Baby Boomers Still the Spine of Independent Book Selling – ABC News

This 2013 photo provided by Changing Hands Bookstore shows, owner Gayle Shanks, in the Changing Hands Bookstore in Tempe, Ariz. In 1974, Shanks was a 23-year-old idealist raised on the activism of the previous decade and anxious to make a difference herself. "Books had changed my life and I assumed they could change other people's lives as well," says Shanks, whose Changing Hands Bookstore is now among the country's leading independent sellers. (Kristi Church/Changing Hands Bookstore via AP)

This 2013 photo provided by Changing Hands Bookstore shows, owner Gayle Shanks, in the Changing Hands Bookstore in Tempe, Ariz. In 1974, Shanks was a 23-year-old idealist raised on the activism of the previous decade and anxious to make a difference herself. “Books had changed my life and I assumed they could change other people’s lives as well,” says Shanks, whose Changing Hands Bookstore is now among the country’s leading independent sellers. (Kristi Church/Changing Hands Bookstore via AP)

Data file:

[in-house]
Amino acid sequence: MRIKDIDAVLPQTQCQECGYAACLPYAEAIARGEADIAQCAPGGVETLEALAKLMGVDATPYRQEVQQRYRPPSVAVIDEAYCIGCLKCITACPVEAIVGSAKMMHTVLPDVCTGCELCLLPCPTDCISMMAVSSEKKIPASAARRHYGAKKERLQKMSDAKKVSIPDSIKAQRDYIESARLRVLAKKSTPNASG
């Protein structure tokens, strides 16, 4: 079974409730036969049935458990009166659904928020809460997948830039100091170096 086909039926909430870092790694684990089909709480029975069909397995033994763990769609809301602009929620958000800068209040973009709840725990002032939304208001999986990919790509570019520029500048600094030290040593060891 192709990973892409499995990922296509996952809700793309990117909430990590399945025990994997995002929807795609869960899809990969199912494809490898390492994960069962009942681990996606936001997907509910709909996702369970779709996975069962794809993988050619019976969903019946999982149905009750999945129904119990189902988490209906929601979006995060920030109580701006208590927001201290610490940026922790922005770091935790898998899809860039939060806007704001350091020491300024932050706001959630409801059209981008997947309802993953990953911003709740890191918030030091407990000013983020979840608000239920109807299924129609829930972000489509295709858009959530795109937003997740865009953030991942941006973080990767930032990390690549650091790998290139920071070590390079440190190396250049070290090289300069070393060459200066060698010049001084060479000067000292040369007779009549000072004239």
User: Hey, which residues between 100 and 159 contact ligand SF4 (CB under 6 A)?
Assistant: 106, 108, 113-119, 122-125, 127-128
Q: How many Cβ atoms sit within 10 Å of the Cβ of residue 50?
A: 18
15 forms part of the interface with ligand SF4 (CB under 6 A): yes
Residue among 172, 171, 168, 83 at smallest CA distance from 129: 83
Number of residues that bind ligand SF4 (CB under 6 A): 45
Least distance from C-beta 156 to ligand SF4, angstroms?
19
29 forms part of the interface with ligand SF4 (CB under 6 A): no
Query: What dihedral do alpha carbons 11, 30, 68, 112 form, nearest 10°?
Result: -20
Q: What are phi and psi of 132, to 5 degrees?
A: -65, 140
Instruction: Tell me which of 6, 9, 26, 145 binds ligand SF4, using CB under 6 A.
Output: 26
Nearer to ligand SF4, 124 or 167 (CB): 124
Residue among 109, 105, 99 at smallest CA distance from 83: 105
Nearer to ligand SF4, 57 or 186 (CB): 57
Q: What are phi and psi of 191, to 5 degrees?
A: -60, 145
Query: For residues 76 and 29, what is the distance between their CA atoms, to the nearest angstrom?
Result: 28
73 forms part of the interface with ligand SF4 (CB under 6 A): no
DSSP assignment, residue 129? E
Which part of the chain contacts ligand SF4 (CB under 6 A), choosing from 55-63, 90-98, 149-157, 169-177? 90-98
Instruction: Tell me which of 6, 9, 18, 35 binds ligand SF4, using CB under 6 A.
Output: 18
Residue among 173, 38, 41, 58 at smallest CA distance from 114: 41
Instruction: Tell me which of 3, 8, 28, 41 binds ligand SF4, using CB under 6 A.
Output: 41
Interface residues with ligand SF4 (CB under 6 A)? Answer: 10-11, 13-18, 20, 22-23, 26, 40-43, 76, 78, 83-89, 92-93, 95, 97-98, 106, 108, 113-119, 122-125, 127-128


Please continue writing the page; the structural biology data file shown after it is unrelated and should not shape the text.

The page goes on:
Baby Boomers Still the Spine of Independent Book Selling

Bookstores have a long history as allies and nurturers of social movements, and a generation of owners came of age when works ranging from Joseph Heller’s “Catch-22” to Eldridge Cleaver’s “Soul on Ice” were an integral part of the uprisings of the ’60s and ’70s.Shanks, Mitchell Kaplan of Books & Books in Coral Gables, Florida, and Kris Kleindienst of Left Bank Books in St. Louis are among many baby boomers who founded stores with little sense of how to run a business, but a profound sense of purpose. They are now pillars of a smaller but still vital independent-bookstore community, and models for the wave of younger owners who have opened stores in recent years.

Source: Baby Boomers Still the Spine of Independent Book Selling – ABC News

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